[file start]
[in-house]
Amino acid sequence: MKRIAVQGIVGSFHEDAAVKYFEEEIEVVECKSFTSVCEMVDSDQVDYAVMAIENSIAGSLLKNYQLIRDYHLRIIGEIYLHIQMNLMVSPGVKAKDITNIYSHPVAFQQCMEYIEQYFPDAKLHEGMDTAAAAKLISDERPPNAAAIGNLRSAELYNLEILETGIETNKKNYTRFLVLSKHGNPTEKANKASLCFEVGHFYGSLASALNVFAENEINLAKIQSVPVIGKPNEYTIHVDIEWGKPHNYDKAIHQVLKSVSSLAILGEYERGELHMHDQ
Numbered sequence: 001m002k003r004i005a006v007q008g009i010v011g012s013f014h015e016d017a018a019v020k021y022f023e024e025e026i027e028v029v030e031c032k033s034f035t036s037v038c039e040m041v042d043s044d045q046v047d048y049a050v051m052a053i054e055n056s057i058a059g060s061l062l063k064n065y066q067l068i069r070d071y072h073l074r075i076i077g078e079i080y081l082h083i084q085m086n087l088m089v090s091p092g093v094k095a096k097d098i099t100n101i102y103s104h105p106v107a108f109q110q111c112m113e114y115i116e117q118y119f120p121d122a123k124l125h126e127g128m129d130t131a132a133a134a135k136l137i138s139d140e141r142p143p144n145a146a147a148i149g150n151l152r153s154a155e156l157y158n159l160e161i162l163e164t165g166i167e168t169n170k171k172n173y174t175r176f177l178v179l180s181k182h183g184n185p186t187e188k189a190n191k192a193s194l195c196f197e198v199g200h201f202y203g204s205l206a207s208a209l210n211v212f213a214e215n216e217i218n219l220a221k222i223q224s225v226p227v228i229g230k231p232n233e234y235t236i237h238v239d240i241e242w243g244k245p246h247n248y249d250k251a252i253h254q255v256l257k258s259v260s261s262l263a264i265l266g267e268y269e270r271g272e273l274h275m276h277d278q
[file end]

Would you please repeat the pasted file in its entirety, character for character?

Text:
[in-house]
Amino acid sequence: MKRIAVQGIVGSFHEDAAVKYFEEEIEVVECKSFTSVCEMVDSDQVDYAVMAIENSIAGSLLKNYQLIRDYHLRIIGEIYLHIQMNLMVSPGVKAKDITNIYSHPVAFQQCMEYIEQYFPDAKLHEGMDTAAAAKLISDERPPNAAAIGNLRSAELYNLEILETGIETNKKNYTRFLVLSKHGNPTEKANKASLCFEVGHFYGSLASALNVFAENEINLAKIQSVPVIGKPNEYTIHVDIEWGKPHNYDKAIHQVLKSVSSLAILGEYERGELHMHDQ
Numbered sequence: 001m002k003r004i005a006v007q008g009i010v011g012s013f014h015e016d017a018a019v020k021y022f023e024e025e026i027e028v029v030e031c032k033s034f035t036s037v038c039e040m041v042d043s044d045q046v047d048y049a050v051m052a053i054e055n056s057i058a059g060s061l062l063k064n065y066q067l068i069r070d071y072h073l074r075i076i077g078e079i080y081l082h083i084q085m086n087l088m089v090s091p092g093v094k095a096k097d098i099t100n101i102y103s104h105p106v107a108f109q110q111c112m113e114y115i116e117q118y119f120p121d122a123k124l125h126e127g128m129d130t131a132a133a134a135k136l137i138s139d140e141r142p143p144n145a146a147a148i149g150n151l152r153s154a155e156l157y158n159l160e161i162l163e164t165g166i167e168t169n170k171k172n173y174t175r176f177l178v179l180s181k182h183g184n185p186t187e188k189a190n191k192a193s194l195c196f197e198v199g200h201f202y203g204s205l206a207s208a209l210n211v212f213a214e215n216e217i218n219l220a221k222i223q224s225v226p227v228i229g230k231p232n233e234y235t236i237h238v239d240i241e242w243g244k245p246h247n248y249d250k251a252i253h254q255v256l257k258s259v260s261s262l263a264i265l266g267e268y269e270r271g272e273l274h275m276h277d278q